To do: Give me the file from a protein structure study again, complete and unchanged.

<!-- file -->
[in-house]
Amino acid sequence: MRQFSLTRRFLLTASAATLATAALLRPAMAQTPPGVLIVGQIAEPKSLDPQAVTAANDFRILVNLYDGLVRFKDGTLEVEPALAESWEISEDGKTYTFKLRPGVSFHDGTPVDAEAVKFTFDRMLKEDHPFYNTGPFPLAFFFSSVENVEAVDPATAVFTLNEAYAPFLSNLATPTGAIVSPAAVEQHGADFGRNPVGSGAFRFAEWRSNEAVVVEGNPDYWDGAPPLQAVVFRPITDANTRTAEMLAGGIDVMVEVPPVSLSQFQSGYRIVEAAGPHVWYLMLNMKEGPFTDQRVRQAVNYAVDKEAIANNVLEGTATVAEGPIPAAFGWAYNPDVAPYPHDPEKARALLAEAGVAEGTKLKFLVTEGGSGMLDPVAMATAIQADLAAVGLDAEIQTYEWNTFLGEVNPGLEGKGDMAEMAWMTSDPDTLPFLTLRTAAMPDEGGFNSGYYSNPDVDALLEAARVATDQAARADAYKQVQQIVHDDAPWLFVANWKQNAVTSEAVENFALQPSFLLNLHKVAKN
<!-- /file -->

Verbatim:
[in-house]
Amino acid sequence: MRQFSLTRRFLLTASAATLATAALLRPAMAQTPPGVLIVGQIAEPKSLDPQAVTAANDFRILVNLYDGLVRFKDGTLEVEPALAESWEISEDGKTYTFKLRPGVSFHDGTPVDAEAVKFTFDRMLKEDHPFYNTGPFPLAFFFSSVENVEAVDPATAVFTLNEAYAPFLSNLATPTGAIVSPAAVEQHGADFGRNPVGSGAFRFAEWRSNEAVVVEGNPDYWDGAPPLQAVVFRPITDANTRTAEMLAGGIDVMVEVPPVSLSQFQSGYRIVEAAGPHVWYLMLNMKEGPFTDQRVRQAVNYAVDKEAIANNVLEGTATVAEGPIPAAFGWAYNPDVAPYPHDPEKARALLAEAGVAEGTKLKFLVTEGGSGMLDPVAMATAIQADLAAVGLDAEIQTYEWNTFLGEVNPGLEGKGDMAEMAWMTSDPDTLPFLTLRTAAMPDEGGFNSGYYSNPDVDALLEAARVATDQAARADAYKQVQQIVHDDAPWLFVANWKQNAVTSEAVENFALQPSFLLNLHKVAKN